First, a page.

Books for Burning
Between Civil War and Democracy in 1970s Italy
Long before Antonio Negri became famous around the world for his groundbreaking volume Empire, he was infamous across Europe for the incendiary writings contained in this book. Books for Burning consists of five pamphlets that Negri wrote between 1971 and 1977, which attempt to identify and draw lessons from new conditions of class struggle that emerged in the course of the 1970s.
Conceived as organizational hypotheses intended for debate among the members of the political movements Workers’ Power (Potere operaio) and Organized Autonomy (Autonomia organizzata), these texts were later misread and misrepresented by the Italian state in its attempt to frame Negri as responsible for the assassination of former Italian president Aldo Moro, as the leader of the Red Brigades, and as the mastermind of an armed insurrection against the state. In the more than twenty-five years since their first publication, these texts have lost none of their originality, relevance or power to shock.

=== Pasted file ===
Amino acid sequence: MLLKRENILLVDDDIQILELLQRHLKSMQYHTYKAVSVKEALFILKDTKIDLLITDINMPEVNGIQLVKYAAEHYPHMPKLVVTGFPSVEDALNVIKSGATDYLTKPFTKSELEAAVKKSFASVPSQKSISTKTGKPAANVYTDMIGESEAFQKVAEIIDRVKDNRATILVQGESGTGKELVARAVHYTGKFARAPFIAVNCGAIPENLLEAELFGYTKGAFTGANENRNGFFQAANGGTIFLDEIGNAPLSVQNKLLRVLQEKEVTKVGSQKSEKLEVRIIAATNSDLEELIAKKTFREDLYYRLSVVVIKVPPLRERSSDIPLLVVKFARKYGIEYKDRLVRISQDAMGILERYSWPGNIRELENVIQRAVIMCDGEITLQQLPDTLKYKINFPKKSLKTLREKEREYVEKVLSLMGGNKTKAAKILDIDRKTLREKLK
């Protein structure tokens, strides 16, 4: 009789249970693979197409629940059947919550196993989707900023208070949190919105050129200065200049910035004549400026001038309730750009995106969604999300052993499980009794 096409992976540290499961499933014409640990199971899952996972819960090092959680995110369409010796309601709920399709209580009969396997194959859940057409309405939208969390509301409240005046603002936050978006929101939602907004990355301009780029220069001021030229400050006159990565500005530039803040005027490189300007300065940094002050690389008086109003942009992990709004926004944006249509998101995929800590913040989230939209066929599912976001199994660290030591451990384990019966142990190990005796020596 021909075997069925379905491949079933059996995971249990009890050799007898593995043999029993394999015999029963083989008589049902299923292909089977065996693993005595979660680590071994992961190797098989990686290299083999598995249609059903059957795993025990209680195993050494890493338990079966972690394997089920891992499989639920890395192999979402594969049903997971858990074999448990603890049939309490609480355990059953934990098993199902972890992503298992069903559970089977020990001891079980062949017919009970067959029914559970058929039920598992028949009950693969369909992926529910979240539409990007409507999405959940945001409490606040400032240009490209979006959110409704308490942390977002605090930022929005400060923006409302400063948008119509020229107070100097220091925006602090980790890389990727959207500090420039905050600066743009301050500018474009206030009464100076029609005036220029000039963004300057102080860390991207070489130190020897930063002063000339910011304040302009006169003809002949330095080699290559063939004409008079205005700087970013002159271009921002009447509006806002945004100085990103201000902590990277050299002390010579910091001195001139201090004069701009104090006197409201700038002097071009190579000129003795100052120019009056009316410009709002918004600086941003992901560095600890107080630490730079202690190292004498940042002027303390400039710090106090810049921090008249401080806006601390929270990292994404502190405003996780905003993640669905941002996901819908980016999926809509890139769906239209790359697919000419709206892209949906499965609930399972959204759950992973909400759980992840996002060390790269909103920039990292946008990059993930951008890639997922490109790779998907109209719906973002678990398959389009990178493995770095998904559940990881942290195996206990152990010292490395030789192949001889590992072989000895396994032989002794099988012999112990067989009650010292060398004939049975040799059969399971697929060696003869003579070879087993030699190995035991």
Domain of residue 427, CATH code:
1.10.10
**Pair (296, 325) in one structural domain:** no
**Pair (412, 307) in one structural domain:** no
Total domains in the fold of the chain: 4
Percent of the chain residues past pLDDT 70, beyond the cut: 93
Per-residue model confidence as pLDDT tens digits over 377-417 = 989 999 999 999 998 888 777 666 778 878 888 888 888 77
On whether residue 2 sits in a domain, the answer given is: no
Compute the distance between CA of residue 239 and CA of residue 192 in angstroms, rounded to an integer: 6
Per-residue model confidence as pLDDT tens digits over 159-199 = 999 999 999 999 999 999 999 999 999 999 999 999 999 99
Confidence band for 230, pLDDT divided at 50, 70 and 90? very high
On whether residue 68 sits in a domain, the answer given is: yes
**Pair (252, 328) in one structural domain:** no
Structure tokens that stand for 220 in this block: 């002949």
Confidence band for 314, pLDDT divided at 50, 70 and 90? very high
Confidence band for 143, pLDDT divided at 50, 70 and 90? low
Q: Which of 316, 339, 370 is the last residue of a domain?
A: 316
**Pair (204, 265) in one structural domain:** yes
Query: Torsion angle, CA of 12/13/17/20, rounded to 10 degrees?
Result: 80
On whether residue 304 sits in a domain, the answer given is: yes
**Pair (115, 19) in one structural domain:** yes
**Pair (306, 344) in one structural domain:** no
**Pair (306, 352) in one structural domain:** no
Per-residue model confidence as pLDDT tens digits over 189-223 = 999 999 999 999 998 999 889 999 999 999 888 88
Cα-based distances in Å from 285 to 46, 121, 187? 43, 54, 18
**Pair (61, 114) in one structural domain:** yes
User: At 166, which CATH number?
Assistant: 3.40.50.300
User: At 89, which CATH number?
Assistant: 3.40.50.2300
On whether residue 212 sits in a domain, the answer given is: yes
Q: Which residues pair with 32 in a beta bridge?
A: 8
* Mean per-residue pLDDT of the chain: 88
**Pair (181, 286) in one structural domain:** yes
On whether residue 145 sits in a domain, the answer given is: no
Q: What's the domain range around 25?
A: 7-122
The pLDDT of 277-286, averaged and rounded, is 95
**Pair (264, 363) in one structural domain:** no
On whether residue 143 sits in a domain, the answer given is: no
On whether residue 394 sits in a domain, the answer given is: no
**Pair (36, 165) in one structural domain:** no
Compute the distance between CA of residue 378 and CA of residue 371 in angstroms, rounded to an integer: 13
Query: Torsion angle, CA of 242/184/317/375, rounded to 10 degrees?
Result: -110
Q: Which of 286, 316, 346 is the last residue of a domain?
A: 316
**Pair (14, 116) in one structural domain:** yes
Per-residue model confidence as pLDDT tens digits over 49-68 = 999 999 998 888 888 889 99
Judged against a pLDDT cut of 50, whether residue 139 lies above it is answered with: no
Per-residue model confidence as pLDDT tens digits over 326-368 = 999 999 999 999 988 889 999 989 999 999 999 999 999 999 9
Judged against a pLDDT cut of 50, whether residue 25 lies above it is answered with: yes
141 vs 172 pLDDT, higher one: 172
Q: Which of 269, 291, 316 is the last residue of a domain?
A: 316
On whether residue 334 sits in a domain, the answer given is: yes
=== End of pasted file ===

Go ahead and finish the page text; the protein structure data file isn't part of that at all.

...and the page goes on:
In a new preface, Negri demonstrates how his controversial work on empire, biopolitics and immaterial labor developed out of concepts and strategies first outlined in this book, and an editorial introduction analyzes the role these texts played in Negri’s trial and in the criminalization of the Italian radical workers’ movement.
About the Author
Antonio Negri has taught philosophy and political science at the Universities of Padua and Paris; he has also been a political prisoner in Italy and a political refugee in France. He is the author of over thirty books, including Marx Beyond Marx, The Savage Anomaly, The Politics of Subversion, Insurgencies, Subversive Spinoza, and Time for Revolution, and, in collaboration with Michael Hardt, Labor of Dionysus, Empire and Multitude. He currently lives in Paris and Venice.
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